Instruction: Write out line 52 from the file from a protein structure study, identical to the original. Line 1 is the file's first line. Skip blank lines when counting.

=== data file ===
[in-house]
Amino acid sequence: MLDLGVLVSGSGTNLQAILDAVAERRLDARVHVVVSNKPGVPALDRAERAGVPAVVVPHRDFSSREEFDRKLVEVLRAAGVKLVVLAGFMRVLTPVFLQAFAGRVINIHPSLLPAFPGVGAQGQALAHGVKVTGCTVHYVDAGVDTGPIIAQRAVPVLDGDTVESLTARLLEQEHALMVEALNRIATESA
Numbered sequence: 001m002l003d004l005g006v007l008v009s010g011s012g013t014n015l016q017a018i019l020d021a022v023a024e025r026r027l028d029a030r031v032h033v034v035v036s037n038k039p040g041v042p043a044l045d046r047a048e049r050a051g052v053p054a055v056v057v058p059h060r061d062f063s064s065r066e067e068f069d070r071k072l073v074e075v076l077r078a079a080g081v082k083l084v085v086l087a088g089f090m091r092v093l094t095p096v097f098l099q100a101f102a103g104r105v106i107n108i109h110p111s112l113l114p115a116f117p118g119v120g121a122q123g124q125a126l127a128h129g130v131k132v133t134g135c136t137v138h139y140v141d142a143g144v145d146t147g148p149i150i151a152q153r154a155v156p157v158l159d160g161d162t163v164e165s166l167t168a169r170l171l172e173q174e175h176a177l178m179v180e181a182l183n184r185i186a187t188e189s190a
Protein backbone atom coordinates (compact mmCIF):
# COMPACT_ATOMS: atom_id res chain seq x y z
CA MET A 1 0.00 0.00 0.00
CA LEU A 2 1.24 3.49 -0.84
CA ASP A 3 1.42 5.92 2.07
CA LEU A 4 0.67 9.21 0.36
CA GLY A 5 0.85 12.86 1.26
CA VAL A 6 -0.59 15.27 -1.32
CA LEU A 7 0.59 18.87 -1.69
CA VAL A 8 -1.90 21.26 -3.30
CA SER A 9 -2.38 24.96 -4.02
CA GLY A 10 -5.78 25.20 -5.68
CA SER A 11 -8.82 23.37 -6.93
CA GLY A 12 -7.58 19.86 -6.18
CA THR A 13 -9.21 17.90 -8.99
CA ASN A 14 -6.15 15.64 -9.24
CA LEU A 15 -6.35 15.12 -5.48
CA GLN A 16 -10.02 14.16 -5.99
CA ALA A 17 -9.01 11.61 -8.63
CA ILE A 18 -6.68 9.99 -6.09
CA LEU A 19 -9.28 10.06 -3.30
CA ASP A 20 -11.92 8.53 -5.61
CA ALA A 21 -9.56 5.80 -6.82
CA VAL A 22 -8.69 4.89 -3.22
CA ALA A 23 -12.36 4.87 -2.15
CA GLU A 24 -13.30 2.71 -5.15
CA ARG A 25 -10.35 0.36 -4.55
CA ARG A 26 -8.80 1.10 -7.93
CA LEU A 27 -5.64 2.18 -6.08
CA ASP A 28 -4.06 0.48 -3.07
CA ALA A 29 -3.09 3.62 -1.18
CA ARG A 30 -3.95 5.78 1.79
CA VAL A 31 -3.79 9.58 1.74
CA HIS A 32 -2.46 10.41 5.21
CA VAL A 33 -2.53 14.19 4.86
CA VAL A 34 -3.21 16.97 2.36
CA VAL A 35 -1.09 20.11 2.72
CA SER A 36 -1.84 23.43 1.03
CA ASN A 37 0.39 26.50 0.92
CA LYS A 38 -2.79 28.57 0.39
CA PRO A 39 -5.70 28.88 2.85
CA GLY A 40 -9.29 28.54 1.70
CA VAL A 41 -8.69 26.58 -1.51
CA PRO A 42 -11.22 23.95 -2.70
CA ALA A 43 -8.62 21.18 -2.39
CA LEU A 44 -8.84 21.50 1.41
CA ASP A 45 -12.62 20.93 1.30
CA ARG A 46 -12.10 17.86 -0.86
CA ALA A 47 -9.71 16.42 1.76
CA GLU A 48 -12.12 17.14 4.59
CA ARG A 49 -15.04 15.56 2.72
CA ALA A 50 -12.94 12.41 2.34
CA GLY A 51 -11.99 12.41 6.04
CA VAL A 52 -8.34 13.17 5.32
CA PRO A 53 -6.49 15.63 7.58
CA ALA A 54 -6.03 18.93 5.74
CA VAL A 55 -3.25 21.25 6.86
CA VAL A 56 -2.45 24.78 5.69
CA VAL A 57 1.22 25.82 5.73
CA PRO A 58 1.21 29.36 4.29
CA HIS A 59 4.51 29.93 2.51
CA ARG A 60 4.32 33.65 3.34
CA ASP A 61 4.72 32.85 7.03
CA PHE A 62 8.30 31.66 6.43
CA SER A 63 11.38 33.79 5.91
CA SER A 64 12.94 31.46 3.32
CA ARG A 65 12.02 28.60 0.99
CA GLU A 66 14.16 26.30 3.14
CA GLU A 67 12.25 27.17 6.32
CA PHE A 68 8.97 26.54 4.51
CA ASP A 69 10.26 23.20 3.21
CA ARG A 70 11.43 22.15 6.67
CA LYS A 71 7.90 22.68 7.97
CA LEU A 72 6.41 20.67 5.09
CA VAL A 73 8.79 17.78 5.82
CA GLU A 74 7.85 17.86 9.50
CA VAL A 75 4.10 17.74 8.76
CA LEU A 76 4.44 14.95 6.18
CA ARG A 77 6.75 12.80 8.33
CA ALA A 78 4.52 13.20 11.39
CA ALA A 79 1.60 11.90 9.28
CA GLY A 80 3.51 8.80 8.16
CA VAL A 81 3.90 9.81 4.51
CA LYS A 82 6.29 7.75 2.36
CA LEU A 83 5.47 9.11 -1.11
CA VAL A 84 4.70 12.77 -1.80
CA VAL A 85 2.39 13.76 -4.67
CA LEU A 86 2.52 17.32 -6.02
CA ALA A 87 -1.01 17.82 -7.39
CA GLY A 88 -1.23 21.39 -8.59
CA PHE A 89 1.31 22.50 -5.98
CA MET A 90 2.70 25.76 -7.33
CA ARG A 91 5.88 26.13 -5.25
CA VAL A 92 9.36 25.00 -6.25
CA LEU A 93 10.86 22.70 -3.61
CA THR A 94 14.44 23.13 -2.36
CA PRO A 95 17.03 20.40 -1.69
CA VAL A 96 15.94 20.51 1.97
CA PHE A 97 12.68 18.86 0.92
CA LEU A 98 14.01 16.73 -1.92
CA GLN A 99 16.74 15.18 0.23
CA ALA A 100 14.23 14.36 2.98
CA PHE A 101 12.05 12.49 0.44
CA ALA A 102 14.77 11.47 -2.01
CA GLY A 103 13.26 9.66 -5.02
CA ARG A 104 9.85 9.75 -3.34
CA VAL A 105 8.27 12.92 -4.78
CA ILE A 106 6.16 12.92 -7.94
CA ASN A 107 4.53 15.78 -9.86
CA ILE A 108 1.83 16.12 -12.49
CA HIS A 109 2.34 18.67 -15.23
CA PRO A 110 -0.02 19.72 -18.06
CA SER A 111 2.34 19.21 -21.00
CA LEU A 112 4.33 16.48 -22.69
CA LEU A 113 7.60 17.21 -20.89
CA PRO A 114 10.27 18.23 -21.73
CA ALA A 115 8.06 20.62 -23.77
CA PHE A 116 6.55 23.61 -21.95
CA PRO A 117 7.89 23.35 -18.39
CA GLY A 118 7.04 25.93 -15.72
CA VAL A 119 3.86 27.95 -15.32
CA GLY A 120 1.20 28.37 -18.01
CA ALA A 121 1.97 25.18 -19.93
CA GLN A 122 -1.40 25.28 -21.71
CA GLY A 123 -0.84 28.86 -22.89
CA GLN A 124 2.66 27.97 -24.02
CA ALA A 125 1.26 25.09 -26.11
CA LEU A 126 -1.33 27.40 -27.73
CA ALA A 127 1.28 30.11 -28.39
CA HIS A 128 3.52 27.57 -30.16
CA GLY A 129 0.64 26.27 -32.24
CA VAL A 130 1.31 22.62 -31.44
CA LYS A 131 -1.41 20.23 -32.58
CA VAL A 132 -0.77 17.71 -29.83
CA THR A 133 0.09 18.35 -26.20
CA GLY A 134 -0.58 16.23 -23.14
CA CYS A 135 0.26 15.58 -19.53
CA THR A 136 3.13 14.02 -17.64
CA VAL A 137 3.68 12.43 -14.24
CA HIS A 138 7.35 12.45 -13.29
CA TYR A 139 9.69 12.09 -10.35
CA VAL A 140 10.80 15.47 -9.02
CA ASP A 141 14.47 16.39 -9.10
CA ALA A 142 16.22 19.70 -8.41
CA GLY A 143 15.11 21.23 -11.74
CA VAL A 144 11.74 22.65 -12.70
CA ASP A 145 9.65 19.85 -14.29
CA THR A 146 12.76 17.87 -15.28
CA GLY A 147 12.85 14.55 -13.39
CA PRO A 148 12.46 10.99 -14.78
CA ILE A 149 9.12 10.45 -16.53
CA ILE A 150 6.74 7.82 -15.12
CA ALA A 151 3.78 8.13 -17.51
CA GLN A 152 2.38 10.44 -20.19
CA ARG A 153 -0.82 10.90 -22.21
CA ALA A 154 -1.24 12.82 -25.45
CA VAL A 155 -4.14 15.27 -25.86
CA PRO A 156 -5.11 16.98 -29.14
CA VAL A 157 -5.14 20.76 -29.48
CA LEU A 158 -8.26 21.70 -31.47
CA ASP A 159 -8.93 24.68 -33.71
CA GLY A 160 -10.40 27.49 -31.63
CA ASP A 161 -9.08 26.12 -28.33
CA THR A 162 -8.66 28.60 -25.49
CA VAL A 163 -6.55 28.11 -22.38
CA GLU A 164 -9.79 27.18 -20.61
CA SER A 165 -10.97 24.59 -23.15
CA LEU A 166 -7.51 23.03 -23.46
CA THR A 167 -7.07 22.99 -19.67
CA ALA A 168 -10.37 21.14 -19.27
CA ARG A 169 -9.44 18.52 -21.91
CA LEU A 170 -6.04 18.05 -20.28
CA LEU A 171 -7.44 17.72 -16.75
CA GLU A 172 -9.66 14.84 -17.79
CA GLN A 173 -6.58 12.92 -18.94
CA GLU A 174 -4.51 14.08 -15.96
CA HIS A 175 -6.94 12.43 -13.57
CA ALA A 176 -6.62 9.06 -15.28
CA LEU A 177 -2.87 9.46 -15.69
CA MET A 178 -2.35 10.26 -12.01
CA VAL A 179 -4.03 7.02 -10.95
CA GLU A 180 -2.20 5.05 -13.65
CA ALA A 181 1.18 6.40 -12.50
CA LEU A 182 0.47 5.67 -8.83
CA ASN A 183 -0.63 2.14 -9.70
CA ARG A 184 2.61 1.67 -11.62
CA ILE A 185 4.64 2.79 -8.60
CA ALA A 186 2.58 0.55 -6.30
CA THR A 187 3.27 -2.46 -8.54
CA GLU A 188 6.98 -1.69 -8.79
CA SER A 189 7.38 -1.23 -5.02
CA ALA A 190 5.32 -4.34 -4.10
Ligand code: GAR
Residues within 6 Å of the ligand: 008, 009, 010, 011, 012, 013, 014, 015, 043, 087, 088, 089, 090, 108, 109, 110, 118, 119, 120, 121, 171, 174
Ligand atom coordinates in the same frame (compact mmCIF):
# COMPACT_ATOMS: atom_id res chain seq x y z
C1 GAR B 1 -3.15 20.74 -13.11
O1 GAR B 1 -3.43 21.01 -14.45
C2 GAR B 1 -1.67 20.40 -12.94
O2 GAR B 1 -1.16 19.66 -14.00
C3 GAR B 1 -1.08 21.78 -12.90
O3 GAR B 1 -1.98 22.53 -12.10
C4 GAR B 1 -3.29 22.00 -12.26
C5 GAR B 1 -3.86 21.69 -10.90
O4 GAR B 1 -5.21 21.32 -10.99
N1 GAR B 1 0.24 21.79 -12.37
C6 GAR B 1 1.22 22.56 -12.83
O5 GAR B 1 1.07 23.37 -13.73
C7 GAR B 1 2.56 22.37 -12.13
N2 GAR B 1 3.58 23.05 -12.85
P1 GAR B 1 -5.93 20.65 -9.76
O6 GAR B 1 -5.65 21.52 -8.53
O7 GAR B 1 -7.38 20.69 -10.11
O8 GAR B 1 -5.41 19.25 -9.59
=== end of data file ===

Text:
CA ALA A 47 -9.71 16.42 1.76